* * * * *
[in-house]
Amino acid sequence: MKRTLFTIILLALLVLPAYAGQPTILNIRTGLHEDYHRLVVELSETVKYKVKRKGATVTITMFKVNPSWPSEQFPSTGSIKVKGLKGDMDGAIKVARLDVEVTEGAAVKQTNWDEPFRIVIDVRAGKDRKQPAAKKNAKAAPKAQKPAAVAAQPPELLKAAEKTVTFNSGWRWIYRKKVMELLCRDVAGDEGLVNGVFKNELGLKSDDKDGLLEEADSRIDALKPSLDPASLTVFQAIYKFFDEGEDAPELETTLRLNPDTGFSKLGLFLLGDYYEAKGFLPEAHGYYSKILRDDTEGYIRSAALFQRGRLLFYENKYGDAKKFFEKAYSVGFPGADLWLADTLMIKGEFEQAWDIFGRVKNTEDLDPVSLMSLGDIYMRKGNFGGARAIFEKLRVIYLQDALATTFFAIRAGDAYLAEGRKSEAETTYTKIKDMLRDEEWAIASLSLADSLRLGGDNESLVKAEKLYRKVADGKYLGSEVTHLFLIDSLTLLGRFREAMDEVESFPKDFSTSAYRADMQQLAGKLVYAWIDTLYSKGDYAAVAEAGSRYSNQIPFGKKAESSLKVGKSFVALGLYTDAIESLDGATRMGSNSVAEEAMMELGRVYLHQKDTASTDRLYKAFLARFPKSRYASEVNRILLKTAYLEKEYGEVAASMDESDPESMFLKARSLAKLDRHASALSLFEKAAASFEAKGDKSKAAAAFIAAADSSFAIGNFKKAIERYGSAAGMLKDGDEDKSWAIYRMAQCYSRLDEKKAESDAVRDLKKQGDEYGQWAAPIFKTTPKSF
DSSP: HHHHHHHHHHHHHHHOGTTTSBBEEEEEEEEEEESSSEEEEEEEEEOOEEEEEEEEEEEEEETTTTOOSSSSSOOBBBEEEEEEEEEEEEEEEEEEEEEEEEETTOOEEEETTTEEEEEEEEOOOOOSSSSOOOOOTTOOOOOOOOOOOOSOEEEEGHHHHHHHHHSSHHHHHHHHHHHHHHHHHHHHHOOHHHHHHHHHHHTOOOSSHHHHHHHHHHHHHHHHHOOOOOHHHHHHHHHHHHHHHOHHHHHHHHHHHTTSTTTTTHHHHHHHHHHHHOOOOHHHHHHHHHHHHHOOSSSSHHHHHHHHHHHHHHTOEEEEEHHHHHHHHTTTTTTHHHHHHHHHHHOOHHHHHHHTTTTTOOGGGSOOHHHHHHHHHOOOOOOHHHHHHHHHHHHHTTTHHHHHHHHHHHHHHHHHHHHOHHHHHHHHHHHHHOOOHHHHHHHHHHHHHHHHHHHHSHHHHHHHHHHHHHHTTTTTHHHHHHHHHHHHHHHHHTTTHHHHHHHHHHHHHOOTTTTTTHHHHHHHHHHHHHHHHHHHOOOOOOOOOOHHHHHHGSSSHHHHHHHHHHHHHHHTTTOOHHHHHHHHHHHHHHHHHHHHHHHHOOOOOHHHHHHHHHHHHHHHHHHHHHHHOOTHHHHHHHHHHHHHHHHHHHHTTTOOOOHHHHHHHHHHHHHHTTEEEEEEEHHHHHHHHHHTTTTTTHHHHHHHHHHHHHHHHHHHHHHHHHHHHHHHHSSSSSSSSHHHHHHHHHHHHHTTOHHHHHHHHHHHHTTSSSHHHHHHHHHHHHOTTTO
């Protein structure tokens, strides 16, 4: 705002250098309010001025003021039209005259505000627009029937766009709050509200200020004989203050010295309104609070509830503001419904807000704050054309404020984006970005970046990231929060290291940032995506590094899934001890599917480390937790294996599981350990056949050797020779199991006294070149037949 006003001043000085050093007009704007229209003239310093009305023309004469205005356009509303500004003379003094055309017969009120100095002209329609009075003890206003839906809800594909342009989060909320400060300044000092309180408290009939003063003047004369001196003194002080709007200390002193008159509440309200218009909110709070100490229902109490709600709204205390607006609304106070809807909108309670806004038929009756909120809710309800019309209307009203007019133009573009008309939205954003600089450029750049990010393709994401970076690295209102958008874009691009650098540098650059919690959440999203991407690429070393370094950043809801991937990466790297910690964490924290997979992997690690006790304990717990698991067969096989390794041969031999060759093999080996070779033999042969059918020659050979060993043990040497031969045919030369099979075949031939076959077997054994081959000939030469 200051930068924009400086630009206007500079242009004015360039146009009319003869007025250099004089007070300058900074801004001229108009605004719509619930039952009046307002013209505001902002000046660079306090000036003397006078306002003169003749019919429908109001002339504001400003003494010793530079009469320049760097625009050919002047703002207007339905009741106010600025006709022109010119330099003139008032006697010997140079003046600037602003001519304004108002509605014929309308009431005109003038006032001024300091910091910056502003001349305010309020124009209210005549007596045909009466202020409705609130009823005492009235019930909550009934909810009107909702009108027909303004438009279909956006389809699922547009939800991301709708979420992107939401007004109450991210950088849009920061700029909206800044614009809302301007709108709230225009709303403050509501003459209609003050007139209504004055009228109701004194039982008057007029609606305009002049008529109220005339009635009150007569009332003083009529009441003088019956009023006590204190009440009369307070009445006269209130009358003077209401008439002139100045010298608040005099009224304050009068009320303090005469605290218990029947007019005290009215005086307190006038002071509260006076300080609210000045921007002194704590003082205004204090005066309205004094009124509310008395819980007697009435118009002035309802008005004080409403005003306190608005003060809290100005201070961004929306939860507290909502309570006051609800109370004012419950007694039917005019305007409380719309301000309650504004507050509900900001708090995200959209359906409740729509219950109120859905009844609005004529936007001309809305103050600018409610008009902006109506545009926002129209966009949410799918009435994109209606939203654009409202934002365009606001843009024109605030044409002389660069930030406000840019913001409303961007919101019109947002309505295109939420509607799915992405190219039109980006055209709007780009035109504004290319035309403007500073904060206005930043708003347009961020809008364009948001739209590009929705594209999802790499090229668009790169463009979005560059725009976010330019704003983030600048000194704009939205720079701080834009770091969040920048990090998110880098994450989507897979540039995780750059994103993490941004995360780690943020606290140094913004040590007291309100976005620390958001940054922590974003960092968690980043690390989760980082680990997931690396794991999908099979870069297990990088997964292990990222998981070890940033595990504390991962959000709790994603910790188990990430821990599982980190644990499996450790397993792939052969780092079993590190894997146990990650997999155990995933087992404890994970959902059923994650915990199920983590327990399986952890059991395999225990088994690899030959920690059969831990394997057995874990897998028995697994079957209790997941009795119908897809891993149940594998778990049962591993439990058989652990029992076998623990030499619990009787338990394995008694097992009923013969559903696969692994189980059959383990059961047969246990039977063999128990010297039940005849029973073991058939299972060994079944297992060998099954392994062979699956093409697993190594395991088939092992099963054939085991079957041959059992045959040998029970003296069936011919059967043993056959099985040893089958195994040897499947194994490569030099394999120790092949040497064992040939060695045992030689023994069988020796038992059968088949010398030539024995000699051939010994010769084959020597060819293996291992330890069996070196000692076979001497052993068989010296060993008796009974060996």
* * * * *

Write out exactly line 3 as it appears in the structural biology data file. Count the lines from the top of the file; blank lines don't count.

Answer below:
DSSP: HHHHHHHHHHHHHHHOGTTTSBBEEEEEEEEEEESSSEEEEEEEEEOOEEEEEEEEEEEEEETTTTOOSSSSSOOBBBEEEEEEEEEEEEEEEEEEEEEEEEETTOOEEEETTTEEEEEEEEOOOOOSSSSOOOOOTTOOOOOOOOOOOOSOEEEEGHHHHHHHHHSSHHHHHHHHHHHHHHHHHHHHHOOHHHHHHHHHHHTOOOSSHHHHHHHHHHHHHHHHHOOOOOHHHHHHHHHHHHHHHOHHHHHHHHHHHTTSTTTTTHHHHHHHHHHHHOOOOHHHHHHHHHHHHHOOSSSSHHHHHHHHHHHHHHTOEEEEEHHHHHHHHTTTTTTHHHHHHHHHHHOOHHHHHHHTTTTTOOGGGSOOHHHHHHHHHOOOOOOHHHHHHHHHHHHHTTTHHHHHHHHHHHHHHHHHHHHOHHHHHHHHHHHHHOOOHHHHHHHHHHHHHHHHHHHHSHHHHHHHHHHHHHHTTTTTHHHHHHHHHHHHHHHHHTTTHHHHHHHHHHHHHOOTTTTTTHHHHHHHHHHHHHHHHHHHOOOOOOOOOOHHHHHHGSSSHHHHHHHHHHHHHHHTTTOOHHHHHHHHHHHHHHHHHHHHHHHHOOOOOHHHHHHHHHHHHHHHHHHHHHHHOOTHHHHHHHHHHHHHHHHHHHHTTTOOOOHHHHHHHHHHHHHHTTEEEEEEEHHHHHHHHHHTTTTTTHHHHHHHHHHHHHHHHHHHHHHHHHHHHHHHHSSSSSSSSHHHHHHHHHHHHHTTOHHHHHHHHHHHHTTSSSHHHHHHHHHHHHOTTTO